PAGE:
This free educational MRI and NMR sofware executes on any PC without installation of software. Click to try it now directly in your browser or watch a YouTube introduction to the software. Scroll down for information and software demonstrations.
Magnetic Resonance Imaging (MRI) is a widely used scanning technique based on Nuclear Magnetic Resonance (NMR). When used for medical imaging, the tissue is magnetized by a strong magnetic field present in the scanner. Subsequently the magnetization is manipulated using radio waves and field gradients to make it reflect a physiologically relevant parameter when it is measured. The dynamics are described by the Bloch equations.
It is challenging to learn the basic MR concepts needed for setting up measurements and interpreting results. Fortunately many of the basic aspects can be explored with the Bloch Simulator presented here. It can visualize MR experiments their effect on the magnetization. It has proven very useful for demonstrations in lectures, for student exercises and for self-study.
If you are new to MR, you may first want to read a tutorial and experiment with another piece of software, the JavaCompass, that shows the very basics of Magnetic Resonance using familiar compasses and magnets. When you have also understood the effects of nuclear rotation (spin), causing precession around north rather than vibration through north, you are ready to benefit from the Bloch Simulator presented here.
The Bloch simulator
The Bloch simulator was written for educational purposes by Lars G. Hanson who got the ESMRMB InfoRESO award for an early version of the software. The simulator is used to explore fundamental aspects of MRI such as precession, resonance, excitation, inhomogeneity and relaxation. Important concepts such as rotating frames, weightings, spoilers, spin-echoes, stimulated echoes and driven equilibrium can also be demonstrated using the program. Finally, the fundamentals of MR imaging can be shown, i.e. how the similarity between induced phase roll patterns and the structure of the imaged object is reflected in the MR signal. Some applications are documented at YouTube, and others here.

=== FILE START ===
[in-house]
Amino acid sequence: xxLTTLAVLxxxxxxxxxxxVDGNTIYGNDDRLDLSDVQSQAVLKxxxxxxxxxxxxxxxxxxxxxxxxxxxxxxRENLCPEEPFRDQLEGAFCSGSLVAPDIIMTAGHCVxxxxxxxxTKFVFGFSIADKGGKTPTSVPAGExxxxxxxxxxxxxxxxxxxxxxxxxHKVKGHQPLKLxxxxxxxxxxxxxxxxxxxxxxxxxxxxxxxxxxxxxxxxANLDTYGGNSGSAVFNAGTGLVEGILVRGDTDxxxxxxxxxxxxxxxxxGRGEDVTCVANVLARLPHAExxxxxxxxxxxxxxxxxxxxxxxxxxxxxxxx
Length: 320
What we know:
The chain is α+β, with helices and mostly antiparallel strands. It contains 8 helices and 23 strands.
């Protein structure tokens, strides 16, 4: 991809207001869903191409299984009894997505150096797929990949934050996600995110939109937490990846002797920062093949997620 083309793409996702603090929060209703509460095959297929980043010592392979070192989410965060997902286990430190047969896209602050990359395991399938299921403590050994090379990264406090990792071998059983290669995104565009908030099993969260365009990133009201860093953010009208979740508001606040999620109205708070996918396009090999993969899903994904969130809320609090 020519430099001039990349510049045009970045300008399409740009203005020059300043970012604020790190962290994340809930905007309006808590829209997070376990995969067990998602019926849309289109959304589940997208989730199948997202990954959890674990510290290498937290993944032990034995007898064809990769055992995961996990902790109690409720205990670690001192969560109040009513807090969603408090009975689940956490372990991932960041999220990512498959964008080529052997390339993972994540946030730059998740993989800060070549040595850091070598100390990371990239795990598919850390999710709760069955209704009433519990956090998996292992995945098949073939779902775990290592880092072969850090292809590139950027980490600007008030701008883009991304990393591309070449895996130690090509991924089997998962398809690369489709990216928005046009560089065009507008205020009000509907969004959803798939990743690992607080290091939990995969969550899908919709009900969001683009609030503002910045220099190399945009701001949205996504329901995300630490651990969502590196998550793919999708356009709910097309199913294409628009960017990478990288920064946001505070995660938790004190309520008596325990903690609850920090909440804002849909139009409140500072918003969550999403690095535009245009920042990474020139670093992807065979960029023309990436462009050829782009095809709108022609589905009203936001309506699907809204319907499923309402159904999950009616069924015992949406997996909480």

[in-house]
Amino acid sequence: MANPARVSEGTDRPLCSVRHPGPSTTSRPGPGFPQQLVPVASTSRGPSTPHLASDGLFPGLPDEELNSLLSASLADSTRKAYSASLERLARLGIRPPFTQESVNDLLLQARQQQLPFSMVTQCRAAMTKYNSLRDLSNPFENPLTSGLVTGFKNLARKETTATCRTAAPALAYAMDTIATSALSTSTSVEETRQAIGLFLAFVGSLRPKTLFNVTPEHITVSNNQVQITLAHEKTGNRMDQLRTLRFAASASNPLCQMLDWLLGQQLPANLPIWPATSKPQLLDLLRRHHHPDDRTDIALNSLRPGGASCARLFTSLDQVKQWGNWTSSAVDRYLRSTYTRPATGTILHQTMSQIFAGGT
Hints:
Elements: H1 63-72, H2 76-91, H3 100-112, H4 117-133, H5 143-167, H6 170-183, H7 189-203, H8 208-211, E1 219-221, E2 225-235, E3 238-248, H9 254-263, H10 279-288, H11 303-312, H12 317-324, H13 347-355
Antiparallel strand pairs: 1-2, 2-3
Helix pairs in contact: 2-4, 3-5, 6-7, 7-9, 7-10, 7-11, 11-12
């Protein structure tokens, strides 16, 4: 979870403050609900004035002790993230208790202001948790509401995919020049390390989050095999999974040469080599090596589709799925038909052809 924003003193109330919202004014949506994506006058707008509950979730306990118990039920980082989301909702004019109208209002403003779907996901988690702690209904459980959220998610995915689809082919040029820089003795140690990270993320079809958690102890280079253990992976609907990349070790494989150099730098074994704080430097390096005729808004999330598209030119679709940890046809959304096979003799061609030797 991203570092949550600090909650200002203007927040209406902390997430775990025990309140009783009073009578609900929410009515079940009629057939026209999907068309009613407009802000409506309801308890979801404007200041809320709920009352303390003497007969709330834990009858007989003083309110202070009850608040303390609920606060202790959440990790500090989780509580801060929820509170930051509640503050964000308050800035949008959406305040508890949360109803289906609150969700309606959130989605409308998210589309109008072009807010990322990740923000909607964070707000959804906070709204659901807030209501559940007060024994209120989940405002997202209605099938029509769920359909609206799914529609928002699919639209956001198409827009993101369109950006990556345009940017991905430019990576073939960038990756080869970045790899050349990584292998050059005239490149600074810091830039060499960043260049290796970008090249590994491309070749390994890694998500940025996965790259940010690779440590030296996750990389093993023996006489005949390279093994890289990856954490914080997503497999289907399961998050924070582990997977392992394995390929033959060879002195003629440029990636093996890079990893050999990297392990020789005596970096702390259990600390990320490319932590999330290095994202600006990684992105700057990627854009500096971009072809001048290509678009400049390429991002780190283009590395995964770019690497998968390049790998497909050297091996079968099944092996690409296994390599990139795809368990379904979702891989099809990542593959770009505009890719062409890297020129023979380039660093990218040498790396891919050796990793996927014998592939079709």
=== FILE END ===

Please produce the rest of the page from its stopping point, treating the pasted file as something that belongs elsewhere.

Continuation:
The first version of the software was described in RadioGraphics. Since then the graphics and ease of use and installation was improved immensely. A port to Flex/ActionScript was developed by Oddlabs with support from the Danish Ministry of Science, Technology and Innovation.
The simulator is useful during lectures for both technical and non-technical students (radiographers, MDs,...). It has also proven useful for student exercises. Examples are given on this web site and in the software documentation which is distributed with the software (choose "Help" and "Challenges").
Above: Screen dump illustrating the use of the program. Click image one or more times to enlarge. Initial conditions are chosen via menues as shown. Subsequently radio-frequency (RF) pulses can be employed to illustrate MR techniques and sequences. The screen shot is captured during a demonstration of excitation in the presence of field inhomogeneities. The spin isochromates shown in white are pushed by the RF field as indicated by the red bars.
You can run the web version directly from http://www.drcmr.dk/BlochSimulator. This is recommended since the link also provides a "Flash installer" in case software prerequisites are not in place. However, you can also easily download a copy to put on your computer's Desktop, for example. Just right-click on the following link and download ("save to file..." or similar). You can most likely just click on the file subsequently to start the simulator. The now obsolete IDL/Perl implementation is also available for download.
Links to related resources
- Advice on MR teaching, and addditional software, animations and course notes by the author of the Bloch Simulator: http://www.drcmr.dk/MR
- Bloch and imaging simulators: JEMRIS, SIMRI, Odin, SpinBench, MRISIMUL
- MRI e-learning: e-MRI
- ESMRMB Lectures on MRI simulation were first given in 2013, and again in June 2015 in Copenhagen. They are likely offered in 2017 again. Venue suggestions are welcome.